That’s not to suggest that this sort of connection is a new thing. Indeed, the deservedly forgotten Soldier served as a “side-quel” to Blade Runner. Alien vs. Predator tied together two classic movie monsters. The classic Universal horror films all shared a loose continuity. Even in a more high-brow way, directors like Quentin Tarantino and Kevin Smith maintain a loose shared continuity between they films.

For example, Tarantino’s Inglourious Basterds connects to True Romance and Reservoir Dogs is linked to Pulp Fiction. Smith had six-film long “View Askew” series featuring overlapping characters and themes. Tarantino even connected his Jackie Brown to Steven Soderbergh’s Out of Sight by casting Michael Keaton in the same role. So the notion of various seemingly independent movies existing in the same fictional space is not uncommon.

The problem here is that the connection feels forced – it feels like something that’s “cool” rather than soemthing that adds to the story. Anybody watching the film could see the obvious thematic links that Prometheus fostered between Alien and Blade Runner, but the nitty-gritty details of the connection seem a little too contrived and forced. Despite the fact that they take place int he future, they share the same outlook and there’s some manner of thematic overlap, Alien and Blade Runner are distinct science fiction films.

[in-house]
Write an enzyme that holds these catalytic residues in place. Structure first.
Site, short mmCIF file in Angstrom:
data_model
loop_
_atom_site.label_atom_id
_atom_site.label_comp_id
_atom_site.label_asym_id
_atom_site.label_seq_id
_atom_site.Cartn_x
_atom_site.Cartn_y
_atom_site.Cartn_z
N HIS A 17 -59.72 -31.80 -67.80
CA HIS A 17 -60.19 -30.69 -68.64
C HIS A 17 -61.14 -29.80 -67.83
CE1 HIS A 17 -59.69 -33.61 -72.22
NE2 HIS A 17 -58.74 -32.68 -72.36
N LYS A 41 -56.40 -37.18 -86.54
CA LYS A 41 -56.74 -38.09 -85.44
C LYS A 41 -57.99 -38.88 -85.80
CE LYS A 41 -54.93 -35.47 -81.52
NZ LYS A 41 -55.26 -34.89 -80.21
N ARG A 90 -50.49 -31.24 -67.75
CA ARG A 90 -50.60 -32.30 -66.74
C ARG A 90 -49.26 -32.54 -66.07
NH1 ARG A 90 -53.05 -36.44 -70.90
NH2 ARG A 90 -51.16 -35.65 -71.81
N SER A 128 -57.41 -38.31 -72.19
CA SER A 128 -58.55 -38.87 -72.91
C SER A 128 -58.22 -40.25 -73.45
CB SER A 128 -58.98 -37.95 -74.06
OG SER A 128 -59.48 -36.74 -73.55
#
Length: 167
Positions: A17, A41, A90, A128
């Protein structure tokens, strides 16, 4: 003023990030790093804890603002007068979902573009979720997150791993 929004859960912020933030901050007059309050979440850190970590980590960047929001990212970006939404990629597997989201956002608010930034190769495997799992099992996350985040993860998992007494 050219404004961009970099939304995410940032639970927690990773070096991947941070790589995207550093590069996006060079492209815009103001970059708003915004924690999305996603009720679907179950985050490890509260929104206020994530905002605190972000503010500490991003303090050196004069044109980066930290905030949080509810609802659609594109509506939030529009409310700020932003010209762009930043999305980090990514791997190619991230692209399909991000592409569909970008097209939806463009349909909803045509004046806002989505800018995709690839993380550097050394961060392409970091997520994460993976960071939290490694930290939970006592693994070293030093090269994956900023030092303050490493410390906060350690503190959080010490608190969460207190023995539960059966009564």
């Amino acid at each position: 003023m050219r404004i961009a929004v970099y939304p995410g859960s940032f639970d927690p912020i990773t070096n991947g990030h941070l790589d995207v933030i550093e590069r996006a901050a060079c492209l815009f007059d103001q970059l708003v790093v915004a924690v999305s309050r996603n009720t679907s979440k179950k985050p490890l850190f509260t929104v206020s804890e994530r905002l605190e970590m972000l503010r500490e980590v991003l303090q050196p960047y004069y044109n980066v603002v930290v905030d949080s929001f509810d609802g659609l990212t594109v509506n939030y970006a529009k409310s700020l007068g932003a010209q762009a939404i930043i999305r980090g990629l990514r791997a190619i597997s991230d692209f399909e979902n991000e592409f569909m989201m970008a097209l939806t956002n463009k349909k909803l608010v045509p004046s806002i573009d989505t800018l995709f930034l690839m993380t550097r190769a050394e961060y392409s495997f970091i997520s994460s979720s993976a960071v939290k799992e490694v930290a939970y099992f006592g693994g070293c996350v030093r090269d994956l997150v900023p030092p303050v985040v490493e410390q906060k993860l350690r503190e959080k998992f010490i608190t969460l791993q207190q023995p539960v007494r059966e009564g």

You would imagine that Weyland’s development of “David” would have been a bit of a sticking point if there had been a robotic rebellion in recent memory. After all, the regulations about robots seem pretty strict in 2019. You could argue that we never see David on Earth, or that the law could have been changed in the seventy years since. Still, you’d imagien there’d be a stronger stigma against robots.